I hope you and your family are staying well and getting ready to celebrate Halloween in whatever way is safe and meaningful to you, this year. With pumpkin season upon us I thought you might want to make some Borani Kadoo, Afghan braised pumpkin but today’s post is not about food.
A few months ago when doing a search for cultural symbols, I discovered a series of colorful artistic heart symbols representing Indian, German, Russian, and many other countries cultural heritage. I thought to myself that I could make one for Afghanistan since most often than not, Afghanistan is associated with war and destruction rather than it’s rich cultural heritage. Of course, my first quandary was about how to best capture the diversity of Afghanistan with 14 ethnic groups spread across 34 provinces with varying cultural practices in such limited space.
To begin with, I made a list of items, places, and symbols that I associated with Afghanistan and then used that as a jumping-off point to solicit input from the Afghan community on Facebook on what they associate with Afghanistan. The list of suggestions was long and colorful. It included Istalif pottery, Minaret-e-Ghazni, Bagh-e-Babur, Mawlawna Rumi and many other notable people and symbols which did not make it in the final heart. What I did was choose symbols/items that were suggested numerous times in my crowd-sourced list which I juxtaposed against Afghanistan’s National Symbols List, to make sure that each item in the heart has a cultural significance to a large number of people.
Considering there is a long running dispute over cultural misrepresentation and heritage thievery among the different ethnicities in Afghanistan, this is when I raise a white flag to say that this is not meant to be a complete or official representation of Afghanistan but a glimpse into the country and its culture as I identified with my limited outreach.
We used dark blue the color of Lapiz Lazuli, a semi-precious stone mainly found in Afghanistan, as the outline which encases the following symbols of this ‘Afghanistan Heart Symbol’.
Red tulip is the national flower of Afghanistan and the symbol of Nowroz, the Afghan New Year.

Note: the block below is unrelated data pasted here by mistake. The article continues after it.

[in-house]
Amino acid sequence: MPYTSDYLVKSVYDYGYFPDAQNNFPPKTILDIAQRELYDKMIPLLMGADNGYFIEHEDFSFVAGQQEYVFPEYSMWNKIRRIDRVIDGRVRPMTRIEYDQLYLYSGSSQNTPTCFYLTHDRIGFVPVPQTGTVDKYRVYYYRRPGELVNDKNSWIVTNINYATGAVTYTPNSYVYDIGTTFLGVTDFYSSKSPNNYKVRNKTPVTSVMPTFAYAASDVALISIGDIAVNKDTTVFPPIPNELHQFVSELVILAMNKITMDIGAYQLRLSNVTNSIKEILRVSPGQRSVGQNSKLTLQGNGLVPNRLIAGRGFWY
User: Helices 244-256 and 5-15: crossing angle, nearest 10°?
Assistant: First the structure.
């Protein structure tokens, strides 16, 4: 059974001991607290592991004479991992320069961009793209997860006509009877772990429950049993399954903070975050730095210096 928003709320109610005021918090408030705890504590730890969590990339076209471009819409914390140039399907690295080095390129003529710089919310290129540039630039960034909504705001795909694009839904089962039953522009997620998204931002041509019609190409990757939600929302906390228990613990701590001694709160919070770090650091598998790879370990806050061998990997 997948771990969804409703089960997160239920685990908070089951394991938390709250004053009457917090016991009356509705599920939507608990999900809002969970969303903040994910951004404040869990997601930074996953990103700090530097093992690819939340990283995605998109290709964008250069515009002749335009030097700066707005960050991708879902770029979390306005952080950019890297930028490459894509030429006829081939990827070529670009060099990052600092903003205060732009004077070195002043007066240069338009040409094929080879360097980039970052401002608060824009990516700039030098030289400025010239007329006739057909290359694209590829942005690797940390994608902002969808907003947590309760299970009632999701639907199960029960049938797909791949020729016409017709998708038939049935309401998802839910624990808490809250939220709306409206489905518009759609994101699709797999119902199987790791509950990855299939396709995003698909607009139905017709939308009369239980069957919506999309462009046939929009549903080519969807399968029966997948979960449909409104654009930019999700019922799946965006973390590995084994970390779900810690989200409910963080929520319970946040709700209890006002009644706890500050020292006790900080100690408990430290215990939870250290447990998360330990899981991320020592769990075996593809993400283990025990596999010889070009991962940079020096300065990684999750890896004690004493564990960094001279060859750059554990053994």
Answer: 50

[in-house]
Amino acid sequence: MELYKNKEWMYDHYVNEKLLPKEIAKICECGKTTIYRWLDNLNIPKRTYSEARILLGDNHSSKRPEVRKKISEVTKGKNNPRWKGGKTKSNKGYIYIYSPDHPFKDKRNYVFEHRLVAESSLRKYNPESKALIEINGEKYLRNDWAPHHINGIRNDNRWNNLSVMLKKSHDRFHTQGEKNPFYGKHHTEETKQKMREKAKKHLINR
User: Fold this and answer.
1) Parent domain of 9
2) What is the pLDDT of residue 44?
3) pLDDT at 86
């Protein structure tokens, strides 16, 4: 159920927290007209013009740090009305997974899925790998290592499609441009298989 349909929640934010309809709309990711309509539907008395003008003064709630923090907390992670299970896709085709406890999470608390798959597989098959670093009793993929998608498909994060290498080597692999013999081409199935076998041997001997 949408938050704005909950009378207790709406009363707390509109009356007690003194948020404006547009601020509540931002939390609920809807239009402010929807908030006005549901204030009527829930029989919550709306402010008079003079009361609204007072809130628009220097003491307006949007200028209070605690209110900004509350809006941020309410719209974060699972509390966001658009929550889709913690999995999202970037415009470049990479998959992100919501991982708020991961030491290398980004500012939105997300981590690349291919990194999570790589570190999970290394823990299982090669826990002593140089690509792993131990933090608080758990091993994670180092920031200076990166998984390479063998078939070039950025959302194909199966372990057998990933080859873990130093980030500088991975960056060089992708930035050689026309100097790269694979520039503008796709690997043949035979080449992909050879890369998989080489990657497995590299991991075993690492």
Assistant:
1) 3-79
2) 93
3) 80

Dambura is a lute played mainly in Tajik and Uzbek folk music.
Buzkashi is the national sport of Afghanistan
Afghan green grapes are famous in Central Asia and are a major export, both fresh and dried as green raisins, to neighboring countries.
Hindukush Mountains, an 800-kilometer mountain range that runs through Afghanistan and has been written about in folktales and modern novels.
Afghan woman in traditional clothes doing the Afghan national dance--attan. Traditionally attan was performed by men but now both men and women perform this communal dance at end of a wedding, engagement or and Nowroz celebrations.
Rubab is a lute-like instrument played by trained masters and their students in classic Afghan music. It’s the national instrument of Afghanistan.
Buddhas of Bamiyan were two, 6th-century statues carved into the side of a cliff in Bamiyan valley. The historically significant monuments were defaced by the Taliban in 2001 and now they stand as a stark reminder of the cultural and human destruction that could return if the Taliban gain power in Afghanistan.
Pomegranate is the national fruit of Afghanistan and if you want to learn how to deseed one in 30-seconds, watch my Afghan hack video.
Tabla is a pair of hand drums, from the Indian Subcontinent, used as a percussion instrument in most Afghan folk and classical music. Salar Nader is a talented and sought after Afghan percussionist who lives in California.
Kite flying is the national pastime for Afghan men and boys but I have to admit, when I was a little girl in Kabul, I dabbled in kite flying with my brothers. I was thrilled when my friend Khaled Hosseini’s book The Kite Runner made Afghanistan’s kite flying scene world famous.
The creation of the heart was a collaboration with Emily Rupright, an architecture student at Washington University in St. Louis. Emily was a thoughtful, patient, and a great collaborator, and today she celebrates her 21st birthday. Happy birthday Emily!
I started this blog over eight years ago with an American friend who is a food writer. Our goal was to showcase my family’s Afghan recipes and inspire others to cook Afghan food. Over the years this blog has turned into a source not only for Afghan food recipes but also for information on Afghan culture. Although my passion is around Afghanistan but my heart and devotion as a patriot is in the United States, where I’ve lived the majority of my life. My husband and I vote at every election but this year we feel compelled to do more. As a family we wrote letters to low turn out voters in Georgia and Arizona, encouraging them to vote. We made calls for candidates who we feel will create a better future for our children and my husband Jim is going to be a poll worker in San Francisco where he’ll be in the front line of making sure that we uphold our democracy.
I would love to hear from you about how you’re engaging in this year’s US election and if you’re voting early, by mail, or in person on November 3rd.
NOTE: I would be happy for any of you to use this image on social media or works you create but please ask permission and credit me and my blog Afghan Culture Unveiled as the source and creator.
Except where otherwise noted, all content on this blog is licensed under the Creative Commons Attribution-NonCommercial-NoDerivs 3.0 Unported license.